Landrock recommends pacing yourself and recognizing that you can't do it all. "Often the primary caregiver becomes resentful, feel­ing as though family members are not taking their share of responsibility," she says. "But it's important to accept what people are willing or able to give, even if it's not ideal. And reach out to extended family, friends, people at church. Try to create a caregiving team so that you have a support system-and a respite."

Sharmone La Rose teaches Caregiver Training at Torrance Adult School, held in collaboration with Torrance Memorial. She sees caregivers struggle with putting their own needs first and quotes a sobering statistic: Some 30% of caregivers will die before the person they're caring for. "People caring for Alzheimer's patients are a good example. The patient has problems with the mind working well, but the body is still healthy, so they can live for a very long time. But in the process, they wear down the caregiver."

A significant challenge for both caregiver children and their parents is the role-reversal aspect. Most aging parents don't appreci­ate their children telling them what to do. Coupled with the feeling of losing indepen­dence, resentments can take root.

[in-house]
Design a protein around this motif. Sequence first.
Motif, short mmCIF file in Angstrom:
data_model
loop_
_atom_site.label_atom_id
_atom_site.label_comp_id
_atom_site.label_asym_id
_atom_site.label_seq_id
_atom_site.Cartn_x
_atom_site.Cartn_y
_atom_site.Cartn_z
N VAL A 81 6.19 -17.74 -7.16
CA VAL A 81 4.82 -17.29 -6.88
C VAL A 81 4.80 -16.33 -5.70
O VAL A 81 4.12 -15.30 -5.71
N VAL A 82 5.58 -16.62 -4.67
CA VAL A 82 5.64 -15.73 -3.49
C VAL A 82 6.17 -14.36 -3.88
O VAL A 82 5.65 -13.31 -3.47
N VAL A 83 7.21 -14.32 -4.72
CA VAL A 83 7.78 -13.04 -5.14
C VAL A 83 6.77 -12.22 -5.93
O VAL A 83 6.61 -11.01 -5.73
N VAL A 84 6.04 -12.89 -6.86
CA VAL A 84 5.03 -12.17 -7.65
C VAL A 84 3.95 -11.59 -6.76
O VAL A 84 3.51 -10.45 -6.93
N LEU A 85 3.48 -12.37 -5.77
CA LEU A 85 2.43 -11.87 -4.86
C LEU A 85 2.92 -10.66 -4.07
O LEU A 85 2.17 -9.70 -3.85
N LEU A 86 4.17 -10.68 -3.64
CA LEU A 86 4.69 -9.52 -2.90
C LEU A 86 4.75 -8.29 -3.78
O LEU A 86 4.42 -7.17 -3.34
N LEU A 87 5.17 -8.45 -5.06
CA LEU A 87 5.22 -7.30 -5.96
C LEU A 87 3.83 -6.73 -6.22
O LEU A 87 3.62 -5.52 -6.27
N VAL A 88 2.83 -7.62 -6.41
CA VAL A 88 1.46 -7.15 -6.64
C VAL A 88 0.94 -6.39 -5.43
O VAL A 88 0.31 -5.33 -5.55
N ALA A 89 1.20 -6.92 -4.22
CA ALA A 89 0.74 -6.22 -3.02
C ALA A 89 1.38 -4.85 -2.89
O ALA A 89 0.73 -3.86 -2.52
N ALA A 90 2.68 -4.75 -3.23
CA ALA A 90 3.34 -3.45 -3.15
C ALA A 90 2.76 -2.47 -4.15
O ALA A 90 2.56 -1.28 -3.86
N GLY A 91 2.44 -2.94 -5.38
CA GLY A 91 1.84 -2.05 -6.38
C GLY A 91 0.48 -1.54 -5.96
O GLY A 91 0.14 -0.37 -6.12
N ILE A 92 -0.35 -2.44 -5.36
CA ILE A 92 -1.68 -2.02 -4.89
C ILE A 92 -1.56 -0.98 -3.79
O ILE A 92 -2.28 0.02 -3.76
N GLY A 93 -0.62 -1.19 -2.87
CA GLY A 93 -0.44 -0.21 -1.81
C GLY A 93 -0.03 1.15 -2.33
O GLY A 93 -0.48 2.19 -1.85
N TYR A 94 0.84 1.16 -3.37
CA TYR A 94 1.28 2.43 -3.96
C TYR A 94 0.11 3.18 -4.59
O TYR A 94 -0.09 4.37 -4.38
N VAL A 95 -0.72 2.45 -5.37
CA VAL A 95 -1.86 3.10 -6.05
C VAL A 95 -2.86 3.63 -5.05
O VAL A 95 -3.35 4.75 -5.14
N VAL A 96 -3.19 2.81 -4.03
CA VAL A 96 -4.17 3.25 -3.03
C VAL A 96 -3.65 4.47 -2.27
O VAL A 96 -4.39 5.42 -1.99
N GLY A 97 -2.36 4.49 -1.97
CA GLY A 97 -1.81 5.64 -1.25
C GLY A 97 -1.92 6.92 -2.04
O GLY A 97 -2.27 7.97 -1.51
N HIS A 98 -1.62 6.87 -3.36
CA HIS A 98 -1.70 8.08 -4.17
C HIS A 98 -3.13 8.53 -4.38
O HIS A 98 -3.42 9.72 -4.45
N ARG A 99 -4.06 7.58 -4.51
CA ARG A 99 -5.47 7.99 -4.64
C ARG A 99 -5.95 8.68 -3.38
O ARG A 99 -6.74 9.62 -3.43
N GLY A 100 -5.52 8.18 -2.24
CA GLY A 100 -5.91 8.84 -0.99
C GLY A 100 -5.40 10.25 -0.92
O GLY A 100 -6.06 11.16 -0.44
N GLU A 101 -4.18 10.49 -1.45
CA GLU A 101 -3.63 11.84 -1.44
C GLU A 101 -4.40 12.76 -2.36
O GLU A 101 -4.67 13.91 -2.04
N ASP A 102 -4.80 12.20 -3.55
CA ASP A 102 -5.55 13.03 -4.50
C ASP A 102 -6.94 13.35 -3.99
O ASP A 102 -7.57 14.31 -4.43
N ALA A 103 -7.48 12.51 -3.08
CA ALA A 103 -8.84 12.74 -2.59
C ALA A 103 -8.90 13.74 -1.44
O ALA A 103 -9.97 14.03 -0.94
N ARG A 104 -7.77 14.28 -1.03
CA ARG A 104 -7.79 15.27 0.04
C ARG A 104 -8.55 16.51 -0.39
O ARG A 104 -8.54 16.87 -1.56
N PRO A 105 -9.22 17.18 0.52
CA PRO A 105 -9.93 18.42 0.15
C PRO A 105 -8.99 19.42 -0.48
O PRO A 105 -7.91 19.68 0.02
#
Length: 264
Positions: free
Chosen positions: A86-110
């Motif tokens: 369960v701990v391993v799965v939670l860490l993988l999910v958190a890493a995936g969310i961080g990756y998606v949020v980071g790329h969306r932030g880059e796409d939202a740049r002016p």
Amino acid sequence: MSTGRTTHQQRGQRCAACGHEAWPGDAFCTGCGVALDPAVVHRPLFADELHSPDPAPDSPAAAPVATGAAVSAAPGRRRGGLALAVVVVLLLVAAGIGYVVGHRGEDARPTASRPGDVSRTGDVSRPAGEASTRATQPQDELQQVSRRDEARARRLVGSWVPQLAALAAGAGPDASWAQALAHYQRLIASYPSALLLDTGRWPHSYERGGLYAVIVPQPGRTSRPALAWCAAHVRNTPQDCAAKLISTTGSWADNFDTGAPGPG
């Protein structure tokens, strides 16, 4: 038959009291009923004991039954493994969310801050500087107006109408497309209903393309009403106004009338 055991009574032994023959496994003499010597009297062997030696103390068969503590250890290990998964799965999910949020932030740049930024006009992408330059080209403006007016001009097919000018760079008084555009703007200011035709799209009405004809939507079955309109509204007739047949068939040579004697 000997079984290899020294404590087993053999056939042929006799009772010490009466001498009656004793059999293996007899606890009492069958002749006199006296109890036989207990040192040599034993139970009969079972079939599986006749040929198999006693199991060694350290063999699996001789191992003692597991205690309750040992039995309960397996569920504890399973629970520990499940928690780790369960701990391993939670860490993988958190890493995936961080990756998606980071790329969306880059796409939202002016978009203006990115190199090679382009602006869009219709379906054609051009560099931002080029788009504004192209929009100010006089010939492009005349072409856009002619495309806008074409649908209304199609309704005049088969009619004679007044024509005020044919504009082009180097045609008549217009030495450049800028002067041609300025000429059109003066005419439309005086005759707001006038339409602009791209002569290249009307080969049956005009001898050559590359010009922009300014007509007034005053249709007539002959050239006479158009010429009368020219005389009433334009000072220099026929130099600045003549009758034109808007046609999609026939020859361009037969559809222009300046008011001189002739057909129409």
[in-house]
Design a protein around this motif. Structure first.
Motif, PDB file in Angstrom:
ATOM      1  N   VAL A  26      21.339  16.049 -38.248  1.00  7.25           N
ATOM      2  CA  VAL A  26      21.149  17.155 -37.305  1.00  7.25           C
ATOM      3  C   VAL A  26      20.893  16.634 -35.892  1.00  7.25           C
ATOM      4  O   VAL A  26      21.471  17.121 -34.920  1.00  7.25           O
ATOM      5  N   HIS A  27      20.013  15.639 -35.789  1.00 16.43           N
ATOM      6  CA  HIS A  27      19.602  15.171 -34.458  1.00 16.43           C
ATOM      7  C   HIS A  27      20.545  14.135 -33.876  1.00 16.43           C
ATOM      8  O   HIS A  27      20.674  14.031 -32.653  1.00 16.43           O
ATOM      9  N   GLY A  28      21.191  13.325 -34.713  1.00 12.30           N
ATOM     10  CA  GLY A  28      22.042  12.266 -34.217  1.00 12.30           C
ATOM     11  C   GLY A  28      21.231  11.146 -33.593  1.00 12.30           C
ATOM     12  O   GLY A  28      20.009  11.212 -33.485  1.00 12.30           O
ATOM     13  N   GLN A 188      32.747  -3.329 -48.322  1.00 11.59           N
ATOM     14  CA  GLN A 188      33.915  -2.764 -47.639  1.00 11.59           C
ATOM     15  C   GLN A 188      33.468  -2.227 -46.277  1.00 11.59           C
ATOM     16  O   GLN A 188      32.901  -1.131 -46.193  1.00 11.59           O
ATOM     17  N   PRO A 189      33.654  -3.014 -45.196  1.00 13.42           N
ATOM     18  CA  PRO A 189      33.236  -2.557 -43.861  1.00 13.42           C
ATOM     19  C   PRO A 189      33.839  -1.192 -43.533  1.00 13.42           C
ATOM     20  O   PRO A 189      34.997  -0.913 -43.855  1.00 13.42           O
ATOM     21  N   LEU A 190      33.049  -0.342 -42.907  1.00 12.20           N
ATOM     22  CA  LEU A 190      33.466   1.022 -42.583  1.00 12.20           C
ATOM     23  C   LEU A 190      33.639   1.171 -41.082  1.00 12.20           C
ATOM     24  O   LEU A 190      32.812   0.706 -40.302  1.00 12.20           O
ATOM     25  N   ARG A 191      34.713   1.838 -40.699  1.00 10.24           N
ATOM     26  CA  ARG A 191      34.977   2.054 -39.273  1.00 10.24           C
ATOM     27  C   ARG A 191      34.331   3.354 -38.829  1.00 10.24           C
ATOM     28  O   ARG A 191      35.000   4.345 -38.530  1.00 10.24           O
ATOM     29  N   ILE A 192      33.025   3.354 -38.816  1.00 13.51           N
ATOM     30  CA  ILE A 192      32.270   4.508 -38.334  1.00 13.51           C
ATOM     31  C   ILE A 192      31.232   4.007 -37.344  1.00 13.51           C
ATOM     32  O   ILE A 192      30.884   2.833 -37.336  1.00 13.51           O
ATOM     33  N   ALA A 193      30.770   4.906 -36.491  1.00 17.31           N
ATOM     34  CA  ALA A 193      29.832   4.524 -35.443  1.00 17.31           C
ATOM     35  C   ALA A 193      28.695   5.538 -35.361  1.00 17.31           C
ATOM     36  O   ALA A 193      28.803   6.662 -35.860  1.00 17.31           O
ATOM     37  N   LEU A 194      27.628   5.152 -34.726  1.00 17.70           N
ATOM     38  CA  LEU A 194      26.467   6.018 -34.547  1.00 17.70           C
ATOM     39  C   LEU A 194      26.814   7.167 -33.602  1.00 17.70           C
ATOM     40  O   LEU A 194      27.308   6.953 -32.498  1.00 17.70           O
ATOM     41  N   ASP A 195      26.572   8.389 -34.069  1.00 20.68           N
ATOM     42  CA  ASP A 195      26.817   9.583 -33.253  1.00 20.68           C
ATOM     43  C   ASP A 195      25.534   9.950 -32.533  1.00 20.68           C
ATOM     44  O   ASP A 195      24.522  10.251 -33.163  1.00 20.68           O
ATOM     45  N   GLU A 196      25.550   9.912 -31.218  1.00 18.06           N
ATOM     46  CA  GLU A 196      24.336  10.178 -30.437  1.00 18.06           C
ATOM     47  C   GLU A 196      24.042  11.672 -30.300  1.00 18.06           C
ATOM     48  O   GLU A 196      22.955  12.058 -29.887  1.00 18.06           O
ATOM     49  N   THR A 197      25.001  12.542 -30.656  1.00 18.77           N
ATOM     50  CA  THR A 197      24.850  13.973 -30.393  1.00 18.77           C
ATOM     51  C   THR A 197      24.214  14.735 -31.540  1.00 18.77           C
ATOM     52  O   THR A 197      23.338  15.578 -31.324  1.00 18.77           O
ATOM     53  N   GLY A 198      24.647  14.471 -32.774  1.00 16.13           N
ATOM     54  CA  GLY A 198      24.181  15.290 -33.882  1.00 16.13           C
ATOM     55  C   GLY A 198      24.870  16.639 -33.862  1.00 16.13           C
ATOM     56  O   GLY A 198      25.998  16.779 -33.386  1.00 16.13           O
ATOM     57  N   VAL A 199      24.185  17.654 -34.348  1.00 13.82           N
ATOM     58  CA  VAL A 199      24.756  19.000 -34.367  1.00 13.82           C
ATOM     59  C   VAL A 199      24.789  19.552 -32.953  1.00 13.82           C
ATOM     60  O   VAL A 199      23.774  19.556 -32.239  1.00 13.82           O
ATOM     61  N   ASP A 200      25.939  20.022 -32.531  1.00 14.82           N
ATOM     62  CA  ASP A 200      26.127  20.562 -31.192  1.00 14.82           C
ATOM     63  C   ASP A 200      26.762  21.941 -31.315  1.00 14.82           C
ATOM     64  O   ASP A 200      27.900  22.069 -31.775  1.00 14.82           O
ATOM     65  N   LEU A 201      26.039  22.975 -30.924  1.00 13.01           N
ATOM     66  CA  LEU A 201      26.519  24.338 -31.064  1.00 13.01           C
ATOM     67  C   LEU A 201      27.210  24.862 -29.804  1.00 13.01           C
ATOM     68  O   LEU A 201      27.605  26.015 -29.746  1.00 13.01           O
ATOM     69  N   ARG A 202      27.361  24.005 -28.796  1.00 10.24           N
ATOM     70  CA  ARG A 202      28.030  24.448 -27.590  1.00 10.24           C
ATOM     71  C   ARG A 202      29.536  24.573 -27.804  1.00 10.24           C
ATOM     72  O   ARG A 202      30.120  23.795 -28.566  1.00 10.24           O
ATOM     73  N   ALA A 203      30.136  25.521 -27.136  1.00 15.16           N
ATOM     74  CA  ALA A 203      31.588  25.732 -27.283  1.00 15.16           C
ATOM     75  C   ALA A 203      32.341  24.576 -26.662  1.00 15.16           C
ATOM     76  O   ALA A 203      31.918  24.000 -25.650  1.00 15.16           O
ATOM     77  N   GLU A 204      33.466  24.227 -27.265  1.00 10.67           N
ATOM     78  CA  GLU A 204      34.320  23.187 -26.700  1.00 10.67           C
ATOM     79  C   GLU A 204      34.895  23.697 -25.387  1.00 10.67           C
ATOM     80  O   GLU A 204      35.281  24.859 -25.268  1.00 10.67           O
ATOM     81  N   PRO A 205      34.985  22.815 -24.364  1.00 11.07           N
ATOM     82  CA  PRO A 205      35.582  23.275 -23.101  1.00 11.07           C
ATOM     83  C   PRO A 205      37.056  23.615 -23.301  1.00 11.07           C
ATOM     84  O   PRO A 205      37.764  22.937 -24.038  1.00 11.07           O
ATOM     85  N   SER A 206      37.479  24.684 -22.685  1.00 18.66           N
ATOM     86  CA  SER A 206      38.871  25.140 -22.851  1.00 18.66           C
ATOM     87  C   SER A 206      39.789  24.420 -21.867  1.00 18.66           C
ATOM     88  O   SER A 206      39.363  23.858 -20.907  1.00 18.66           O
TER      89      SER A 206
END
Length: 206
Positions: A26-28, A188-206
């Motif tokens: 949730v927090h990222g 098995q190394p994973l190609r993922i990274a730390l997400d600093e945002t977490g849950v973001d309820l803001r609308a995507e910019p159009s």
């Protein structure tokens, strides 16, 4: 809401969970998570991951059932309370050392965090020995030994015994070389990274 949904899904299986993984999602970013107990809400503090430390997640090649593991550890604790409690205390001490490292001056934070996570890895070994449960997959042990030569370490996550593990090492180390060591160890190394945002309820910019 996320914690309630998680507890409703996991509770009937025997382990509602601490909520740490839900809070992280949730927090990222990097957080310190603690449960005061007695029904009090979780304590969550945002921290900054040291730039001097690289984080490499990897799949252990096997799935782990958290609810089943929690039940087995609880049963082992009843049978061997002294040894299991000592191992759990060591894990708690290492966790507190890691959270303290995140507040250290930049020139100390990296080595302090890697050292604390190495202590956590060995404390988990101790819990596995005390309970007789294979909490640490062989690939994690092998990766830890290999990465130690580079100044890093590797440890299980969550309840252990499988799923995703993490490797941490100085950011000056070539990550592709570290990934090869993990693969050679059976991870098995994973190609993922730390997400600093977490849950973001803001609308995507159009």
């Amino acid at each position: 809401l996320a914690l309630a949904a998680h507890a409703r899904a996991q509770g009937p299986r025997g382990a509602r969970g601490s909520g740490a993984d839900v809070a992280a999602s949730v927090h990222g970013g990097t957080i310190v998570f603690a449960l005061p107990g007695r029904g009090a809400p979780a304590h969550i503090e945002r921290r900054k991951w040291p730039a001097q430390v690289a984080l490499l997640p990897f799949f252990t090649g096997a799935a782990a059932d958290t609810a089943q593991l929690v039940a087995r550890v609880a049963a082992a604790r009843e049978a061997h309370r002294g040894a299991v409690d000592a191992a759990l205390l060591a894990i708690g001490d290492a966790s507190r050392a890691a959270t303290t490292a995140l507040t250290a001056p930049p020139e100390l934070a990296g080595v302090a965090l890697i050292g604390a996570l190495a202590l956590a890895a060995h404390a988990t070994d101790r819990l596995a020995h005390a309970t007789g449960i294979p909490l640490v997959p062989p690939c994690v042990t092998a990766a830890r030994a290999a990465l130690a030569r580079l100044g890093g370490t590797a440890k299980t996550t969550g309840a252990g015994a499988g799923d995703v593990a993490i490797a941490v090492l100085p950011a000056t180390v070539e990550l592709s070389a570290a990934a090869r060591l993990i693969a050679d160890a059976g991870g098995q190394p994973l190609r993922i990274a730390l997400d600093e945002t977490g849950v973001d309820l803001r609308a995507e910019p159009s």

Debra Billings and her mother, Fran­ces, have been through this. Before Frances moved into Spring Senior Assisted Living in Torrance two months ago, her daughter had been solely responsible for her care. But after a stroke and a fall, the two had to face facts; it wasn't safe for Frances to live by herself.

"It's extremely difficult to play the role of parent with your parents," Debra says. "You want to honor and respect them, but it's also your responsibility to give them the best and make sure they are cared for. As they age, that means making decisions they may not like. My mom wants to move home and be sur­rounded by things that she loves, but it's not safe. As much as I want to make her happy, I have to look at the bigger picture."


Frances Billings understands her daugh­ter's perspective and empathizes. "The strain on her bothers me," she admits. "But I've learned to accept that she is the one taking care of me now, not the other way around, and I've tried to have a better attitude. It's hard. I was an active person, and it felt like the world stopped when I became depen­dent on others."

Frances says finding patience and ac­ceptance-not two of her strongest virtues-has helped her cope. So has her sense of humor. "I'm finding out what it was like for my daughter all those years when I was the boss!" she says.